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Panosteitis in the Basset Hound

Panosteitis is an ailment occasionally seen in the basset hound breed. It is also known as wandering or transient lameness. It is a bone disease that is characterized by bone proliferation and remodeling. The ailment is associated with many large breed dogs such as German Shepherds, Great Danes, Doberman Pinschers etc. The problem for me, lies in the fact that many vets don’t associate a Basset Hound with this ailment when in fact, Panosteitis is quite common with the breed.


The biggest concern with that for me is the misdiagnosis of some Basset Hounds, when they are experiencing Panosteitis. A mis-diagnosis could result in an unnecessary surgery. You should always mention the possibility of Panosteitis to your veterinarian before agreeing to surgery for an ailment such as elbow dysplasia, hip dysplasia and other more serious conditions. An x-ray is the first thing you will need to do to rule out an injury due to some sort of trauma.


Panosteitis is a self limiting condition that can start between 6 and 18 months but will typically resolve on its own by treating the symptoms with pain medication such as Rymadyl or even buffered aspirin and anti-inflammatory by the time they are two years old. When your Basset Hound is having a Panosteitis flare up he will have a moderate to severe limp. It will often come and go and change from leg to leg. You should limit his activities while he is on pain medication. The pain medication can give your dog a false sense of wellness and aggravate it further. Panosteitis is more common in the young male dog than the female.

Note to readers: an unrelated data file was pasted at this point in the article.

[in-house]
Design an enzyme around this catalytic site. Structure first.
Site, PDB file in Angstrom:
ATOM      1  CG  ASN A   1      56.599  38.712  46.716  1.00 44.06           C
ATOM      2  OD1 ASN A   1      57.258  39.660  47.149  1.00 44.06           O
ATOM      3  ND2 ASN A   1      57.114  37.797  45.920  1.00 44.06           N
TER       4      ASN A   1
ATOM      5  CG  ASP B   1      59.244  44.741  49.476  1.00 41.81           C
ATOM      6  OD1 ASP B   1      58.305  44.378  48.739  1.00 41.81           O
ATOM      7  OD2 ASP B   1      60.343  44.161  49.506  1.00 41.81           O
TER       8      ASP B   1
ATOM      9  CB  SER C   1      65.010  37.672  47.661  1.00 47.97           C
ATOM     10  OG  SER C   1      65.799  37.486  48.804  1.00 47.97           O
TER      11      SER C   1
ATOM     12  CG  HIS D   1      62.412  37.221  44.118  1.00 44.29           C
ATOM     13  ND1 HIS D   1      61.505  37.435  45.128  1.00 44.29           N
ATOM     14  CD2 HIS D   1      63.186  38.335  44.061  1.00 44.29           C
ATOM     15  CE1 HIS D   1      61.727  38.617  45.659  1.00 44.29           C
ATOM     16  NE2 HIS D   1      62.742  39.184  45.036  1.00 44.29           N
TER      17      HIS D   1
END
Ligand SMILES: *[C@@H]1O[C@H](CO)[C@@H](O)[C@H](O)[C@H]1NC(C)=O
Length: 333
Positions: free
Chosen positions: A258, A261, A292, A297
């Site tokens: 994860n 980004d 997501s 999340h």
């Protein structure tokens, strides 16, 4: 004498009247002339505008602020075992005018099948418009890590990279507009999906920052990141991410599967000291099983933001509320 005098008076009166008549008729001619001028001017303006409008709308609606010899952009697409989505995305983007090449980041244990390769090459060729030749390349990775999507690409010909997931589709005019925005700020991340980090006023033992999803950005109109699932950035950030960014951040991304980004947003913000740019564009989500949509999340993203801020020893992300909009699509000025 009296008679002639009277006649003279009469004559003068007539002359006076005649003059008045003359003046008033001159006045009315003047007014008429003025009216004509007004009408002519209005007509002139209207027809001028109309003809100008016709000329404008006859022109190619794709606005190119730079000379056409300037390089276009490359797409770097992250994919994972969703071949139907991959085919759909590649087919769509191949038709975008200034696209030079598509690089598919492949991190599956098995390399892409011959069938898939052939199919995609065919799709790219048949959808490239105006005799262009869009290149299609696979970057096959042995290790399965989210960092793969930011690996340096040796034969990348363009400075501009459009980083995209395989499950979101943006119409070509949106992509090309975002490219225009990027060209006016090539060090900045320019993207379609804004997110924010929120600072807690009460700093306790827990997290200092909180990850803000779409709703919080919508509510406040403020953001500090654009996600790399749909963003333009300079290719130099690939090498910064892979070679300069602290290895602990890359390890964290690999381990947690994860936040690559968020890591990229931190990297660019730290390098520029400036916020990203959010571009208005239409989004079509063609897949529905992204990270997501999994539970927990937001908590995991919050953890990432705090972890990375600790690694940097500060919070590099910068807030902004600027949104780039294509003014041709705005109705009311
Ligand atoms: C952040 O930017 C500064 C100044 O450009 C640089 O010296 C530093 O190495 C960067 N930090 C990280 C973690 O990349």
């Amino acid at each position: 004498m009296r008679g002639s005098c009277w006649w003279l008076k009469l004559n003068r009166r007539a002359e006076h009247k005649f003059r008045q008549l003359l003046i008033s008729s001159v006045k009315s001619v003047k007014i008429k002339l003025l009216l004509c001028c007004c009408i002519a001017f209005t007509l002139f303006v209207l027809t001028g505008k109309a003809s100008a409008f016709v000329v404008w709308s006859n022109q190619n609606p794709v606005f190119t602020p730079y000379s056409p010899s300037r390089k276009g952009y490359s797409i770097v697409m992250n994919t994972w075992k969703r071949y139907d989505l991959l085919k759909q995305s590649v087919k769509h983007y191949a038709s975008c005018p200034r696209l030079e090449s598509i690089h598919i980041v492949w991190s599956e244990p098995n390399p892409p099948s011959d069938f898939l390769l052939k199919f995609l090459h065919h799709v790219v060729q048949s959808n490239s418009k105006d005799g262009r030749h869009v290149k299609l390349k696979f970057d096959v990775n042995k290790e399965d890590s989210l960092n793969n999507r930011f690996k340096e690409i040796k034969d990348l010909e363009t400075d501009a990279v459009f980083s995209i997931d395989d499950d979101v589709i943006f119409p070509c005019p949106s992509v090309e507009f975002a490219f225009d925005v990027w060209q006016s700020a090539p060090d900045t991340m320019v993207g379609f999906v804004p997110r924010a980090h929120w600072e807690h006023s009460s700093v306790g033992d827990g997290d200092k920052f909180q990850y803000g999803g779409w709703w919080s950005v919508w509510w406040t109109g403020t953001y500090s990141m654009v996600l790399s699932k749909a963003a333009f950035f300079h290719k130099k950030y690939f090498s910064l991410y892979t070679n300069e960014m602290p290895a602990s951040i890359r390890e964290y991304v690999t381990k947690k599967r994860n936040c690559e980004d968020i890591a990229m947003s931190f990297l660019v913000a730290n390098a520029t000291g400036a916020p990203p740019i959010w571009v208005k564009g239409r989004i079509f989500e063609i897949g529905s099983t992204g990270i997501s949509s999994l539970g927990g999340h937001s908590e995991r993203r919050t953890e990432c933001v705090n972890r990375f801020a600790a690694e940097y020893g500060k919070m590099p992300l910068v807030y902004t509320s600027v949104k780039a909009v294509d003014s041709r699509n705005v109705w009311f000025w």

Crating your puppy while dealing with this ailment is ideal.


The crate must be big enough for them to stand up,stretch and turn comfortably.A soft cushion to lie on,with blankets and toys will make him feel right at home. During his walks and bathroom breaks help him up and down stairs. Don’t allow him to jump on furniture. If you want him in the bed with you… Pick him up!


There are many theories on why certain breeds can develop this although none have been proven. Because of the disease consistently showing up in certain breeds..it is very likely there is a genetic link. One thing is for sure. Feeding a large breed dog a food that is extremely high in protein causes them to grow faster which can have an impact on the development of your puppy. Panosteitis is often referred to, as “growing pains”. Growing too fast is not always a good thing.


Panosteitis is a problem for our large breed puppies, but once you have seen a veterinarian and you know this is what you are dealing with you can find comfort in the fact that it will resolve itself and your puppy should have no lingering or long term side effects from the condition. Treat the symptoms, keep him comfortable while restricting his movement and give him lots of love and attention. This stage of his development will pass and he should be perfectly fine.


Source: Internet




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